It’s a given that US culture is deeply sex-negative, filled with dysfunctional messages about sexuality and full of fear-inducing beliefs. It’s also true that while supposedly individualism is a key value, the reality is that mass conformity is strongly enforced.
One of the ways conformity with prevailing norms is enforced is through the use of everyday censorship by ordinary people.
The most commonly used strategy to censor other people is to deploy the word appropriate. This seemingly innocuous word is used to shut down any viewpoint that is not consonant with current Politically Correct nostrums. If you utter something “inappropriate” you must cease talking forthwith. You have committed the ultimate social solecism. “That’s not appropriate” is the way one person shuts another person down. And it all sounds so innocuous.
One of the many sexually dysfunctional ideas prevalent in the USA is “age appropriateness.” This is, as far as I can tell, merely the standard way of enforcing an arbitrary notion about who should be permitted to love whom based entirely on a single criterion: the number of years of age separating each party.
Yes folks, we can forget about emotional attraction, happiness, shared interests, intellectual compatibility, mutual kindness and regard, and everything else that goes into a romantic relationship. The only thing that matters is the age gap separating the people concerned.
Usually this censoriousness is directed against couples where the man is significantly older than the woman, simply because this is the more common example. When, however, a woman has the temerity to be with a much younger man then the scandal-factor is raised by an order of magnitude. We go from the gently mocking and disapproving Spring-Autumn relationship straight to the outright condemnation of cradle snatching. Disapproval is rampant and unrelenting. The older man must be exploiting the poor naïve young woman, using his status and wealth to trap her in an explicitly abusive relationship. As for the older woman, well, she must have psychological issues and clearly is compensating for something.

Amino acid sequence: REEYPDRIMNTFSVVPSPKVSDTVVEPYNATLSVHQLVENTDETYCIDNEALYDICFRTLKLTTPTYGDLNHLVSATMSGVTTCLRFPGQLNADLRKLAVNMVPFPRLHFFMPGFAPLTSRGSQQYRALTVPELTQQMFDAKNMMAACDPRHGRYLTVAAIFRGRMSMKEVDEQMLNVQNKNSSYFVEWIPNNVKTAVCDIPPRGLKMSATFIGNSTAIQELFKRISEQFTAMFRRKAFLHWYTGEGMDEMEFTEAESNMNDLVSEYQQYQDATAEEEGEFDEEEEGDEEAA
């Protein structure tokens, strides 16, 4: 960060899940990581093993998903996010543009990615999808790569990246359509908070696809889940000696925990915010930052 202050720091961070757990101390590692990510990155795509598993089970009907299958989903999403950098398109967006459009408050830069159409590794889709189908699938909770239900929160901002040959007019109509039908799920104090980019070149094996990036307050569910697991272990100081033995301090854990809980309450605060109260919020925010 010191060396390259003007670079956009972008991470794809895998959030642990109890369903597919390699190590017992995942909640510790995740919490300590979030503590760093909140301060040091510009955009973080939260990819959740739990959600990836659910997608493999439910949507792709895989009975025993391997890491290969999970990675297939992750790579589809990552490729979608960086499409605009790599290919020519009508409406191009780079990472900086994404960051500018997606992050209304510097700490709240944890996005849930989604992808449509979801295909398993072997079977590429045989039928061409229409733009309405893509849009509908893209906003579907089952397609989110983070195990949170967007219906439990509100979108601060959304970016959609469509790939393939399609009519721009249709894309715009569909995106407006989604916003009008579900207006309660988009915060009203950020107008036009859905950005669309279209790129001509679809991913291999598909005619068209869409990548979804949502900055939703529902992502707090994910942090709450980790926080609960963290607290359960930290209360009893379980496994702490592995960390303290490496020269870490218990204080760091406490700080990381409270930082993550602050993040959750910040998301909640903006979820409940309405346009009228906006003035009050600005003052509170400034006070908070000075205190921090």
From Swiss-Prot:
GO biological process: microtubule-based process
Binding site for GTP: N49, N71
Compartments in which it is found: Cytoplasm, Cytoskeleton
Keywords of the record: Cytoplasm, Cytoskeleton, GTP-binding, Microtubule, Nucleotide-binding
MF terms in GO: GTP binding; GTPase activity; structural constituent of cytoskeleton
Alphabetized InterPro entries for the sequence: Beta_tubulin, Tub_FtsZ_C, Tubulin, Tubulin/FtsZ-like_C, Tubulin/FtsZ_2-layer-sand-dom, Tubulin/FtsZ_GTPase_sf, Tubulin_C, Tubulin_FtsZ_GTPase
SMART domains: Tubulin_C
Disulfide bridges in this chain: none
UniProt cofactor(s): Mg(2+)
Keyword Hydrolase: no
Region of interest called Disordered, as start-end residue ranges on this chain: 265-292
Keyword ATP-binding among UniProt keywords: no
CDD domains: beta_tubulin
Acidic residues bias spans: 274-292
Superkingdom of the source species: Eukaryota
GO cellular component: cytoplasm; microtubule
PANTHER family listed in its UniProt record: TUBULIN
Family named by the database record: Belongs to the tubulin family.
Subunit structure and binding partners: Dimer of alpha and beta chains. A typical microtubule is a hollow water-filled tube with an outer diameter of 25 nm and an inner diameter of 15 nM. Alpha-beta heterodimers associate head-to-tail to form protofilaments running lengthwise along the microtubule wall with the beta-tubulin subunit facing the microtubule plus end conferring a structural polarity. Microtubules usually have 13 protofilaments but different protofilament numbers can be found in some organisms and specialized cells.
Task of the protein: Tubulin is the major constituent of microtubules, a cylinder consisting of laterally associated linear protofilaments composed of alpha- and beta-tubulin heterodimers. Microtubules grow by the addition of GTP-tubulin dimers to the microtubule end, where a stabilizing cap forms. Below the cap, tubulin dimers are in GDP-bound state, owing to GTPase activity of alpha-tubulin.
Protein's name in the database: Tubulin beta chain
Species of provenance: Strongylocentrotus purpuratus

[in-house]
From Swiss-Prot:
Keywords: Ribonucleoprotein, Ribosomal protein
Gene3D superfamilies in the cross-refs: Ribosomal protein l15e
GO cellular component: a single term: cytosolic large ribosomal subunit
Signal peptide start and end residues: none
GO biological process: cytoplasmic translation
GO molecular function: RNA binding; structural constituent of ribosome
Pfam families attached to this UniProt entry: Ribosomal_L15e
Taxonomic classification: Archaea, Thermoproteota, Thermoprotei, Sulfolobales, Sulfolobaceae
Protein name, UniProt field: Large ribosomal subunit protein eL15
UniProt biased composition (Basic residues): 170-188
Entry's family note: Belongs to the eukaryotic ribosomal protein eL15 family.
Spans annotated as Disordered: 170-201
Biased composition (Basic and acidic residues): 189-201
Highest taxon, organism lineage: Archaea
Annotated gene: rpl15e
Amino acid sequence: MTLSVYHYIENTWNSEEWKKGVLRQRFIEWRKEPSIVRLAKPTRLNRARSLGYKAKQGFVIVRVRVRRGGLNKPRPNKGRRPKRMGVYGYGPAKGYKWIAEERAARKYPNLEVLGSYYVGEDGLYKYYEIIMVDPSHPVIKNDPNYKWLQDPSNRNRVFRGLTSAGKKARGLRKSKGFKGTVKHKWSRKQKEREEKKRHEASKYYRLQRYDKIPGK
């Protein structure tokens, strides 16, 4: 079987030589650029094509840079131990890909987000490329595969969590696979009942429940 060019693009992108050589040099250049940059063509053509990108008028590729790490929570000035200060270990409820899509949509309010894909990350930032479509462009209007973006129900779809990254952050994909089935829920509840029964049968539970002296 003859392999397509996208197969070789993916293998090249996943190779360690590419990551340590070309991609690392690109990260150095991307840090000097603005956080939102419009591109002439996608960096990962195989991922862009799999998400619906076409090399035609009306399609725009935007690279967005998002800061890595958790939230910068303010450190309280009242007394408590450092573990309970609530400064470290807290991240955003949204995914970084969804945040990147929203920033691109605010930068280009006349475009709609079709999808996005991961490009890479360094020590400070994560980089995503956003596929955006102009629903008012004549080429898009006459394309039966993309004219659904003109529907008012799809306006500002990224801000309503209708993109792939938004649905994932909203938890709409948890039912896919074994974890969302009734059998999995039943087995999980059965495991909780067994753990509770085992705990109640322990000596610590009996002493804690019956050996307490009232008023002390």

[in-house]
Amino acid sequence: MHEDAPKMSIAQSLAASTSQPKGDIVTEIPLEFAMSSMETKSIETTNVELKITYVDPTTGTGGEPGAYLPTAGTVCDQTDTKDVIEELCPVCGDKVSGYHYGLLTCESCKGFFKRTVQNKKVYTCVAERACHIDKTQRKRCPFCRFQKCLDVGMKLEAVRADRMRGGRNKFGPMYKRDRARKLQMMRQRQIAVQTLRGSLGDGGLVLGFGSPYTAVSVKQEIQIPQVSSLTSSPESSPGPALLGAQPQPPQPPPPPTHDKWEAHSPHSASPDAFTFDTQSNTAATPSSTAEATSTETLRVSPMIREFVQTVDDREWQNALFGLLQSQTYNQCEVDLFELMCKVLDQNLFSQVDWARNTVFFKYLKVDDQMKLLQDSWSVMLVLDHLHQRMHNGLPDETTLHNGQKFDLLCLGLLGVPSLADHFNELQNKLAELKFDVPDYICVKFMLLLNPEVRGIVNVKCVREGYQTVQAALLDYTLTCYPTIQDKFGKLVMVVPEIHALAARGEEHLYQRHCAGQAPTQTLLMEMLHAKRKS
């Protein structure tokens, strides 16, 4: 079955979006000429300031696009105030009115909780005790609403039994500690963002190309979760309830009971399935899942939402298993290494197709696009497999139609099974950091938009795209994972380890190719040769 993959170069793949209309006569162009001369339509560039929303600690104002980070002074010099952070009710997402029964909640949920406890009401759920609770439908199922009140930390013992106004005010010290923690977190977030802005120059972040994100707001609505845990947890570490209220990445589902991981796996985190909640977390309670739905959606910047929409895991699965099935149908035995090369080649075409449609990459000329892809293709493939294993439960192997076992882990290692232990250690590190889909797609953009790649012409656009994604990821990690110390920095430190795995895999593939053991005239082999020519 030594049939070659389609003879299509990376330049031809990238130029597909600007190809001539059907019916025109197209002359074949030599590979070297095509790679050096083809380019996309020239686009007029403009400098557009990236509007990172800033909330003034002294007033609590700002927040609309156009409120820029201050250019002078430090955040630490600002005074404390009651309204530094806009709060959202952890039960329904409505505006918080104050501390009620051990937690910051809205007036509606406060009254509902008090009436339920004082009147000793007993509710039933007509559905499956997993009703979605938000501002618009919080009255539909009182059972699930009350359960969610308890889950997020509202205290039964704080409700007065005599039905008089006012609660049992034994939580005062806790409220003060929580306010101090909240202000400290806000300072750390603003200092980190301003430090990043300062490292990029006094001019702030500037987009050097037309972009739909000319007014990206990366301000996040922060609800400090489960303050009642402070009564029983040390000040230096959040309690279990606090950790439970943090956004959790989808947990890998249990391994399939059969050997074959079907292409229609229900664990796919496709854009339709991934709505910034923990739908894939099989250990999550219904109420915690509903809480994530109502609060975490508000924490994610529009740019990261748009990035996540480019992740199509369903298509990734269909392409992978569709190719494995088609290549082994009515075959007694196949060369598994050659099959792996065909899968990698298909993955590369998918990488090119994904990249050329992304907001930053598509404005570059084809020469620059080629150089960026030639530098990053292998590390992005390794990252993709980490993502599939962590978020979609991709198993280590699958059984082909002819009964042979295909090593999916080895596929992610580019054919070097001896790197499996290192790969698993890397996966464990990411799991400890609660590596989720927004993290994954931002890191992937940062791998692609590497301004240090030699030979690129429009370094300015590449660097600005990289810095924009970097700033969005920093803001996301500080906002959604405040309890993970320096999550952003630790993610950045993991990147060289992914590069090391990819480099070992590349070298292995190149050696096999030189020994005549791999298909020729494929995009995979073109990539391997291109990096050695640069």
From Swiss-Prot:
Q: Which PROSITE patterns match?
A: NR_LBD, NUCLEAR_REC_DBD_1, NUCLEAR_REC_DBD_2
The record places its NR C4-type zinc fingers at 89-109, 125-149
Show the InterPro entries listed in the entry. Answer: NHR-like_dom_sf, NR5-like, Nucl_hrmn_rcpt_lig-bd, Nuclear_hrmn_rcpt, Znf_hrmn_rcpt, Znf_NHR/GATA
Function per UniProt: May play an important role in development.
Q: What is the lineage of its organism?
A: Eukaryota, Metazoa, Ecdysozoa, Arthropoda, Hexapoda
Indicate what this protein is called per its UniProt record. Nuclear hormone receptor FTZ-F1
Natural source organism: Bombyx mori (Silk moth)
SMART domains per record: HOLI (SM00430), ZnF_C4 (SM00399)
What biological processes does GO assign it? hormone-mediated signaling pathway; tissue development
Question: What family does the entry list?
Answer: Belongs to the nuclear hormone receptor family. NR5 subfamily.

In other words, people dress up their jealousy and incomprehension in a politically expedient set of banal clichés that totally ignore the humanity of those towards whom the criticisms are being leveled.
One of the happiest relationships I know is between a woman in her fifties and a man in his seventies. They met when she was 25 and he was 50. She was tired of dating boorish ignorant young men, he was divorced and cautious about entering into another relationship. They ended up getting married and have been happy for nearly 30 years now. They’ve faced and resolved many issues together in a way I’ve not seen “age appropriate” couples doing.
Meanwhile a dear friend of mine is entering the third year of her casual relationship with a much younger man. They are very fond of each other, have lots of interests in common, and have a lot of fun together. She doesn’t want to settle down and he’s not ready for a big commitment. He’s twenty-three and she’s forty-six. They know what they have together is precious, and they know it won’t lead to a lifetime together. But they make each other happy, they enjoy each other’s company, and that’s all each of them really needs at this point.
Both of these situations are, apparently, “inappropriate” merely because of the age gaps involved. Meanwhile, miserable incompatible relationships escape censure because the age gap is small or non-existent.
We’re doing with age what we used to do with skin color and gender.
A mixed race couple? Scandalous! Two women in a romantic relationship? Sacrilege! But whereas we’ve outgrown these sad little follies we apparently haven’t outgrown the age gap mentality. It’s still acceptable, and indeed expected, that we automatically condemn as inappropriate every significant age gap we see.
In France it’s not uncommon for younger women to seek out older men because they are usually kinder, more interested in the woman for who she is, and better lovers than males of her own age. It’s not uncommon for older women to have mutually nurturing relationships with younger men. Of course these relationships often generate envy, but there’s not the blanket application of that hypocritical word inappropriate. Jealousy is seen for what it is, and social norms can’t be dragged in as support.
I think, therefore, we’d all be a little better off being inappropriate from time to time, and not being so ready to parrot repressive sound-bites whenever we feel ourselves jealous because someone else is enjoying what we aren’t permitting ourselves to have.
Being appropriate is, in fact, inappropriate.